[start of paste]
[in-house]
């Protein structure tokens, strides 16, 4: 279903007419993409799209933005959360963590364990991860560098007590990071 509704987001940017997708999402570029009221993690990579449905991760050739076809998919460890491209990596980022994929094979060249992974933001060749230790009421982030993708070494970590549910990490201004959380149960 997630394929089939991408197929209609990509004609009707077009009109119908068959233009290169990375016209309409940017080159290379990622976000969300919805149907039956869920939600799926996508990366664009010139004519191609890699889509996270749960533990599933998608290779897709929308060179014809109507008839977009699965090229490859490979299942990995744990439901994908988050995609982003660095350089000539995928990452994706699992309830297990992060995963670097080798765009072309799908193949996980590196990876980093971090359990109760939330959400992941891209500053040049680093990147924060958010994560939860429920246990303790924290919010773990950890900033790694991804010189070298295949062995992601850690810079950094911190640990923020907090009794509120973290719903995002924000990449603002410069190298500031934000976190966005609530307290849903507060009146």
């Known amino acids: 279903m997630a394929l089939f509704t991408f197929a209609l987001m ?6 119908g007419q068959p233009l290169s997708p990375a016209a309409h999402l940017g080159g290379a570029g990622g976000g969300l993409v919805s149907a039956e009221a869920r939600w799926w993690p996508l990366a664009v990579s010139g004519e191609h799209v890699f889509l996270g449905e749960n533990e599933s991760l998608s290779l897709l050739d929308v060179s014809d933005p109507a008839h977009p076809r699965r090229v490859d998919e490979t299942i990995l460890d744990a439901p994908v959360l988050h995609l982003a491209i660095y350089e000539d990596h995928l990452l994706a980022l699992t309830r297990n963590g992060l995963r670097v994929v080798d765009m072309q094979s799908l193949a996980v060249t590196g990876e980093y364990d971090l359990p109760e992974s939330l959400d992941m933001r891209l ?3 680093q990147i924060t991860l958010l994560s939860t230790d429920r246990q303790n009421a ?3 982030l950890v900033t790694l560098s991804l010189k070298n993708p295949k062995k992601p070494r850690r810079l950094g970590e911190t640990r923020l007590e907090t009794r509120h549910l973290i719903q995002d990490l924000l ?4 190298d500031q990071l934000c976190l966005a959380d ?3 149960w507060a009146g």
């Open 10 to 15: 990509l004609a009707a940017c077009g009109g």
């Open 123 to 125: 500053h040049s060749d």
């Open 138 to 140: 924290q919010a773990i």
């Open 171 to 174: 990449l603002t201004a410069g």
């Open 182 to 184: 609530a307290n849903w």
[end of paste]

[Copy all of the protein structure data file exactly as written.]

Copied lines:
[in-house]
């Protein structure tokens, strides 16, 4: 279903007419993409799209933005959360963590364990991860560098007590990071 509704987001940017997708999402570029009221993690990579449905991760050739076809998919460890491209990596980022994929094979060249992974933001060749230790009421982030993708070494970590549910990490201004959380149960 997630394929089939991408197929209609990509004609009707077009009109119908068959233009290169990375016209309409940017080159290379990622976000969300919805149907039956869920939600799926996508990366664009010139004519191609890699889509996270749960533990599933998608290779897709929308060179014809109507008839977009699965090229490859490979299942990995744990439901994908988050995609982003660095350089000539995928990452994706699992309830297990992060995963670097080798765009072309799908193949996980590196990876980093971090359990109760939330959400992941891209500053040049680093990147924060958010994560939860429920246990303790924290919010773990950890900033790694991804010189070298295949062995992601850690810079950094911190640990923020907090009794509120973290719903995002924000990449603002410069190298500031934000976190966005609530307290849903507060009146």
């Known amino acids: 279903m997630a394929l089939f509704t991408f197929a209609l987001m ?6 119908g007419q068959p233009l290169s997708p990375a016209a309409h999402l940017g080159g290379a570029g990622g976000g969300l993409v919805s149907a039956e009221a869920r939600w799926w993690p996508l990366a664009v990579s010139g004519e191609h799209v890699f889509l996270g449905e749960n533990e599933s991760l998608s290779l897709l050739d929308v060179s014809d933005p109507a008839h977009p076809r699965r090229v490859d998919e490979t299942i990995l460890d744990a439901p994908v959360l988050h995609l982003a491209i660095y350089e000539d990596h995928l990452l994706a980022l699992t309830r297990n963590g992060l995963r670097v994929v080798d765009m072309q094979s799908l193949a996980v060249t590196g990876e980093y364990d971090l359990p109760e992974s939330l959400d992941m933001r891209l ?3 680093q990147i924060t991860l958010l994560s939860t230790d429920r246990q303790n009421a ?3 982030l950890v900033t790694l560098s991804l010189k070298n993708p295949k062995k992601p070494r850690r810079l950094g970590e911190t640990r923020l007590e907090t009794r509120h549910l973290i719903q995002d990490l924000l ?4 190298d500031q990071l934000c976190l966005a959380d ?3 149960w507060a009146g």
């Open 10 to 15: 990509l004609a009707a940017c077009g009109g």
């Open 123 to 125: 500053h040049s060749d």
């Open 138 to 140: 924290q919010a773990i």
């Open 171 to 174: 990449l603002t201004a410069g």
């Open 182 to 184: 609530a307290n849903w």